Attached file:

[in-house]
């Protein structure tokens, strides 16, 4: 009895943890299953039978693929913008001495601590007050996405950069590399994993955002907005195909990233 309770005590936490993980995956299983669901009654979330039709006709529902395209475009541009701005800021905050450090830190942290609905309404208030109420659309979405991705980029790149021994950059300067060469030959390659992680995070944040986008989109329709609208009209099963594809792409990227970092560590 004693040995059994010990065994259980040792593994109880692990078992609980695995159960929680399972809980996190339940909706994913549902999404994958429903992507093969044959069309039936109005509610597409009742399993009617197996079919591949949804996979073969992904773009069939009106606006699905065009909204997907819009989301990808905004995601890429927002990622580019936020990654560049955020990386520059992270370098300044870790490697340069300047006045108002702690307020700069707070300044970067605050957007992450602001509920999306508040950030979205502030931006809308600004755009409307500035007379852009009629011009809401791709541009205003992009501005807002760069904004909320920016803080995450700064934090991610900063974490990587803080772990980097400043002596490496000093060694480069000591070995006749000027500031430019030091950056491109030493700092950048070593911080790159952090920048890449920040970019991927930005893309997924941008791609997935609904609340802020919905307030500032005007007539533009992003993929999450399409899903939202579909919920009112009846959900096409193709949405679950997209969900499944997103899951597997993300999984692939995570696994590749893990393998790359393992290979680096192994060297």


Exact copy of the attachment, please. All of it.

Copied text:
[in-house]
């Protein structure tokens, strides 16, 4: 009895943890299953039978693929913008001495601590007050996405950069590399994993955002907005195909990233 309770005590936490993980995956299983669901009654979330039709006709529902395209475009541009701005800021905050450090830190942290609905309404208030109420659309979405991705980029790149021994950059300067060469030959390659992680995070944040986008989109329709609208009209099963594809792409990227970092560590 004693040995059994010990065994259980040792593994109880692990078992609980695995159960929680399972809980996190339940909706994913549902999404994958429903992507093969044959069309039936109005509610597409009742399993009617197996079919591949949804996979073969992904773009069939009106606006699905065009909204997907819009989301990808905004995601890429927002990622580019936020990654560049955020990386520059992270370098300044870790490697340069300047006045108002702690307020700069707070300044970067605050957007992450602001509920999306508040950030979205502030931006809308600004755009409307500035007379852009009629011009809401791709541009205003992009501005807002760069904004909320920016803080995450700064934090991610900063974490990587803080772990980097400043002596490496000093060694480069000591070995006749000027500031430019030091950056491109030493700092950048070593911080790159952090920048890449920040970019991927930005893309997924941008791609997935609904609340802020919905307030500032005007007539533009992003993929999450399409899903939202579909919920009112009846959900096409193709949405679950997209969900499944997103899951597997993300999984692939995570696994590749893990393998790359393992290979680096192994060297």